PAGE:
Regarding the establishment of social and environmental objectives, and the use of impact metrics, impact investments, in addition to considering financial return measurements, must also include impact measurement criteria. The study shows that the Irish private sector, which is already making impact investments, uses mainly five measurement systems: Impact Reporting and Investment Standards (IRIS), The Global Impact Investing Rating System (GIIRS), Progress out of Poverty Index (PPI), Global Reporting Initiative (GRI), and Sustainable Return on Investments (SROI). Also, many of these actors have developed their own performance metrics in accordance with the goals of their company or organization.

Other types of investors and actors also show interest in adopting social and environmental objectives. However, this has not been enough to use an impact evaluation system, which leaves this type of investment in a vulnerable situation, where the lack of evidence can lead to doubts about the value and impact it generates. “Social Impact Investment works by identifying public sector benefits that can be achieved by tackling social problems early and raising private capital to fund these interventions upfront” (Irish Government Economic & Evaluation Service (IGEES), 2015).

At the level of encouraging investors to consider return, risk and impact on their investments, efforts have focused on building the market and generating evidence that supports the hypotheses posed by impact investment, mainly through the creation of organizations.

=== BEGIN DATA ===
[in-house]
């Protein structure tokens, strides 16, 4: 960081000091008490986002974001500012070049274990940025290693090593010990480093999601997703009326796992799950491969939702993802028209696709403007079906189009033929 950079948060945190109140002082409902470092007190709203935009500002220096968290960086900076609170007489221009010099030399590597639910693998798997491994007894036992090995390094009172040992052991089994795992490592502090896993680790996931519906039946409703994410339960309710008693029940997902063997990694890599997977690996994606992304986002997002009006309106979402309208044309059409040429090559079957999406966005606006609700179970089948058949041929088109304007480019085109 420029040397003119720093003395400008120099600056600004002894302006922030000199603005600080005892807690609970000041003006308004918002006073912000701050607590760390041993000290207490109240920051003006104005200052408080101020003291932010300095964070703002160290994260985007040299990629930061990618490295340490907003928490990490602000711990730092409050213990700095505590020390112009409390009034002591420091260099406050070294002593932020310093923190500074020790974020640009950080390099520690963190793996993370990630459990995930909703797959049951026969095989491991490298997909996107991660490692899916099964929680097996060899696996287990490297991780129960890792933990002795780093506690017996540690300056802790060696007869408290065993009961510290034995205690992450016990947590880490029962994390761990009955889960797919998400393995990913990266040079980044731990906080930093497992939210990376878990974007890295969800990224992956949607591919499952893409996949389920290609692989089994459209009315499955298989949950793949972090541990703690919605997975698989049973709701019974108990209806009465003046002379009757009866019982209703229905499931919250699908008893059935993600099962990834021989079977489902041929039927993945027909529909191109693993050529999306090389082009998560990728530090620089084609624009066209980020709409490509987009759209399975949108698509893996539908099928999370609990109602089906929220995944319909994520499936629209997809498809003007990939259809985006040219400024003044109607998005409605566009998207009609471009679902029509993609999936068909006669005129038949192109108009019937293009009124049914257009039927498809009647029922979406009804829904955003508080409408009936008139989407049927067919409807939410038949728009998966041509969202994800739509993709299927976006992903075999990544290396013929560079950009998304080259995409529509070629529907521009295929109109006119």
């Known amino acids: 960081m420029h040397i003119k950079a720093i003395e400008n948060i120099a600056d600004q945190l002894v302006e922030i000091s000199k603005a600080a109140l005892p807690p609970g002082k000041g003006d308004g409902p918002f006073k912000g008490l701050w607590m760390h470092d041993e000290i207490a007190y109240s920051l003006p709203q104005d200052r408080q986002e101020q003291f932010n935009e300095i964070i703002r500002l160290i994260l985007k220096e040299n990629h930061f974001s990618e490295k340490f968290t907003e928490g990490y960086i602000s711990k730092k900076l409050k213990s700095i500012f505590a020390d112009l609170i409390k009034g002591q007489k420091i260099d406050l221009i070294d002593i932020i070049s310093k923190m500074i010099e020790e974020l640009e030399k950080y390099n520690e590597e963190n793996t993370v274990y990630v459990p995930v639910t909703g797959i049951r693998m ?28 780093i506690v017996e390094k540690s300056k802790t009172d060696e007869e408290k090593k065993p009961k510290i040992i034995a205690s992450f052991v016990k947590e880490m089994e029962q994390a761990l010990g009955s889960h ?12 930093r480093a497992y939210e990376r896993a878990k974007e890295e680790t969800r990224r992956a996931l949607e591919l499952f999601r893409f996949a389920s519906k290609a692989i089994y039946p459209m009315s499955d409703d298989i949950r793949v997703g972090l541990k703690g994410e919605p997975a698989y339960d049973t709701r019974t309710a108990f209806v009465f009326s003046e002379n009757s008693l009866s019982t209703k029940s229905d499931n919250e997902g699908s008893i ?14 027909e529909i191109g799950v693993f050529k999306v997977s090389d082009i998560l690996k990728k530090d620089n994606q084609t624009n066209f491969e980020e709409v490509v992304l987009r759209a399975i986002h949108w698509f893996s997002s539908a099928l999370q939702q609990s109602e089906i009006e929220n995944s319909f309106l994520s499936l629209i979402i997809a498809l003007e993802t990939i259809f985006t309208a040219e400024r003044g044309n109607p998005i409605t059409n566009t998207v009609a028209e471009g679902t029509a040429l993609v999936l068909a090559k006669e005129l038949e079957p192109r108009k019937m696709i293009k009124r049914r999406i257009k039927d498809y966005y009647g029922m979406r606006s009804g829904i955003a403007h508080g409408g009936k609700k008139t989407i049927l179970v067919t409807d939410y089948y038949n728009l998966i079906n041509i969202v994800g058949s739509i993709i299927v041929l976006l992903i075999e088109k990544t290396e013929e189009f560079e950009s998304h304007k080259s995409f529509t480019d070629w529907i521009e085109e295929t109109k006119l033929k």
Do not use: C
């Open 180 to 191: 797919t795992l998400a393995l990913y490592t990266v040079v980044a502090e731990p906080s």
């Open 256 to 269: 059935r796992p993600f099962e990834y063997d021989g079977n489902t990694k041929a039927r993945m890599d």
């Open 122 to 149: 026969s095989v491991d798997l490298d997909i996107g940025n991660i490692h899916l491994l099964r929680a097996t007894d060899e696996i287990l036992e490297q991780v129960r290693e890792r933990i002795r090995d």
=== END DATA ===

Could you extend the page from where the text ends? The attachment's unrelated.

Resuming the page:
The need to generate a new paradigm means that in the management, promotion and implementation of impact investment schemes, actors from different sectors and characteristics participate, forming a diverse ecosystem that in order to function properly requires the participation and articulation of all. Enabling this ecosystem requires work on the last three recommendations of the European Commission: Develop capacities within the ecosystem, mainly those that generate the supply for investment; create appropriate legal forms for impact investing; and include impact investing within the development agenda of the region and the country where it is operating (European Commission, 2021).

In conclusion, impact investing is a growing phenomenon in Ireland.However, it has yet to consolidate and position itself as an option for traditional investors and for those who have started to opt for socially responsible investments. To achieve this, it is necessary to recognize the current state of impact investing in Ireland and the good practices that exist internationally, in order to generate actions in the short and medium-term.

To discuss this and other topics, we invite you to be part of our next online event where we will be developing the new challenges of the “Impact Investors”. Click here for more information and to reserve your place.

Pablo Müller

Bibliography 

European Commission, 2021. European Commission. [Online]
Available at: https://ec.europa.eu/commission/presscorner/detail/en/ip_20_2023
[Accessed 14 03 2021].

EVPA, 2021. European Venture Philanthropy Association. [Online]
Available at: https://evpa.eu.com/knowledge-centre/publications/investing-for-impact-evpa-impact-strategy-paper
[Accessed 14 03 2021].

Global Impact Investing Network (GIIN) & J.P. Morgan, 2015. Eyes on the Horizon: The Impact Investor Survey, s.l.: Rockefeller Philanthropy Advisors.

Irish Government Economic & Evaluatation Service (IGEES), 2015. Social Impact Investments in Ireland, Dublin: s.n.

World Economic Forum & Deloitte Touche Tohmatsu, 2013. From the Margins to the Mainstream. Assessment of the Impact Investment Sector and Opportunities to Engage Mainstream Investors, Geneva, Switzerland: s.n.